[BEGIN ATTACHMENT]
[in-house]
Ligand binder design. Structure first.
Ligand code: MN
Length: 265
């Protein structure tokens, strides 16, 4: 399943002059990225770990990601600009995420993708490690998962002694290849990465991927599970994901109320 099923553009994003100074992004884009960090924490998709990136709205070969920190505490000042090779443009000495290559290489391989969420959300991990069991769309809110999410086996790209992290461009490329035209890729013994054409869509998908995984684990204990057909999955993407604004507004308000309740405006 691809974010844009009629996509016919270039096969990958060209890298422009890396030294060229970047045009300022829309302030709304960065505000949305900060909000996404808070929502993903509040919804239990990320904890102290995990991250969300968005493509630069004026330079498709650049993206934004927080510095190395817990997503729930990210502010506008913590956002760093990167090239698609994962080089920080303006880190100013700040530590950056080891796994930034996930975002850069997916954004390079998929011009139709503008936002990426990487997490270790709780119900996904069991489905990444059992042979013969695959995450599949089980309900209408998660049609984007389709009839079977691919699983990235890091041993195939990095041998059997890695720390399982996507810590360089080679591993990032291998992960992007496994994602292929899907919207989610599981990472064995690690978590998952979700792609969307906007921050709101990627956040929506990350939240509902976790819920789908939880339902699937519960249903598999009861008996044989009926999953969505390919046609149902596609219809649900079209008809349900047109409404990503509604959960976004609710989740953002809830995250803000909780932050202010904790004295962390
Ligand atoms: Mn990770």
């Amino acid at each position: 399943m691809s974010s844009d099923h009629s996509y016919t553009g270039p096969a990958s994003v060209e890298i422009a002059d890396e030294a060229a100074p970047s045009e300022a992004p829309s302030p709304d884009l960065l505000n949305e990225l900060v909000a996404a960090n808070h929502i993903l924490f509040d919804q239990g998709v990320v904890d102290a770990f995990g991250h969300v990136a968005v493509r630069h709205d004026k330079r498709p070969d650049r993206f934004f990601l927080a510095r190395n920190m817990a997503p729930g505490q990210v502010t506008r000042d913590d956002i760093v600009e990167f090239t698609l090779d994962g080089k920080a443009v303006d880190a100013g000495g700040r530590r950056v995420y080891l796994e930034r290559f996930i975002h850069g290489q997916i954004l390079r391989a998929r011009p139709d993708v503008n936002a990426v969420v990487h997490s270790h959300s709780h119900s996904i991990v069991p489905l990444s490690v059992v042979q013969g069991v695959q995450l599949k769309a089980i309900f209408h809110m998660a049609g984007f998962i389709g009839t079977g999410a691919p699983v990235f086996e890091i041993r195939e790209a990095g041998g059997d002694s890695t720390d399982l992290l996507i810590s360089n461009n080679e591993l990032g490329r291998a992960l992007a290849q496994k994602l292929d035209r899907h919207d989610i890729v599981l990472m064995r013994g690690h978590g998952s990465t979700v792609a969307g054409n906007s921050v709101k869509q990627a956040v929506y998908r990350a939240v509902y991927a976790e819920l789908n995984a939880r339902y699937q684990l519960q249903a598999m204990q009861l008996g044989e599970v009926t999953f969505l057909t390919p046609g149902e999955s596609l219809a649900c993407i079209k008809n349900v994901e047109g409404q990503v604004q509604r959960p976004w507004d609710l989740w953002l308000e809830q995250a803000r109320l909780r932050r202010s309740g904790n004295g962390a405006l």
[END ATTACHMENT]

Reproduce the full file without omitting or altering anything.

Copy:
[in-house]
Ligand binder design. Structure first.
Ligand code: MN
Length: 265
């Protein structure tokens, strides 16, 4: 399943002059990225770990990601600009995420993708490690998962002694290849990465991927599970994901109320 099923553009994003100074992004884009960090924490998709990136709205070969920190505490000042090779443009000495290559290489391989969420959300991990069991769309809110999410086996790209992290461009490329035209890729013994054409869509998908995984684990204990057909999955993407604004507004308000309740405006 691809974010844009009629996509016919270039096969990958060209890298422009890396030294060229970047045009300022829309302030709304960065505000949305900060909000996404808070929502993903509040919804239990990320904890102290995990991250969300968005493509630069004026330079498709650049993206934004927080510095190395817990997503729930990210502010506008913590956002760093990167090239698609994962080089920080303006880190100013700040530590950056080891796994930034996930975002850069997916954004390079998929011009139709503008936002990426990487997490270790709780119900996904069991489905990444059992042979013969695959995450599949089980309900209408998660049609984007389709009839079977691919699983990235890091041993195939990095041998059997890695720390399982996507810590360089080679591993990032291998992960992007496994994602292929899907919207989610599981990472064995690690978590998952979700792609969307906007921050709101990627956040929506990350939240509902976790819920789908939880339902699937519960249903598999009861008996044989009926999953969505390919046609149902596609219809649900079209008809349900047109409404990503509604959960976004609710989740953002809830995250803000909780932050202010904790004295962390
Ligand atoms: Mn990770």
């Amino acid at each position: 399943m691809s974010s844009d099923h009629s996509y016919t553009g270039p096969a990958s994003v060209e890298i422009a002059d890396e030294a060229a100074p970047s045009e300022a992004p829309s302030p709304d884009l960065l505000n949305e990225l900060v909000a996404a960090n808070h929502i993903l924490f509040d919804q239990g998709v990320v904890d102290a770990f995990g991250h969300v990136a968005v493509r630069h709205d004026k330079r498709p070969d650049r993206f934004f990601l927080a510095r190395n920190m817990a997503p729930g505490q990210v502010t506008r000042d913590d956002i760093v600009e990167f090239t698609l090779d994962g080089k920080a443009v303006d880190a100013g000495g700040r530590r950056v995420y080891l796994e930034r290559f996930i975002h850069g290489q997916i954004l390079r391989a998929r011009p139709d993708v503008n936002a990426v969420v990487h997490s270790h959300s709780h119900s996904i991990v069991p489905l990444s490690v059992v042979q013969g069991v695959q995450l599949k769309a089980i309900f209408h809110m998660a049609g984007f998962i389709g009839t079977g999410a691919p699983v990235f086996e890091i041993r195939e790209a990095g041998g059997d002694s890695t720390d399982l992290l996507i810590s360089n461009n080679e591993l990032g490329r291998a992960l992007a290849q496994k994602l292929d035209r899907h919207d989610i890729v599981l990472m064995r013994g690690h978590g998952s990465t979700v792609a969307g054409n906007s921050v709101k869509q990627a956040v929506y998908r990350a939240v509902y991927a976790e819920l789908n995984a939880r339902y699937q684990l519960q249903a598999m204990q009861l008996g044989e599970v009926t999953f969505l057909t390919p046609g149902e999955s596609l219809a649900c993407i079209k008809n349900v994901e047109g409404q990503v604004q509604r959960p976004w507004d609710l989740w953002l308000e809830q995250a803000r109320l909780r932050r202010s309740g904790n004295g962390a405006l």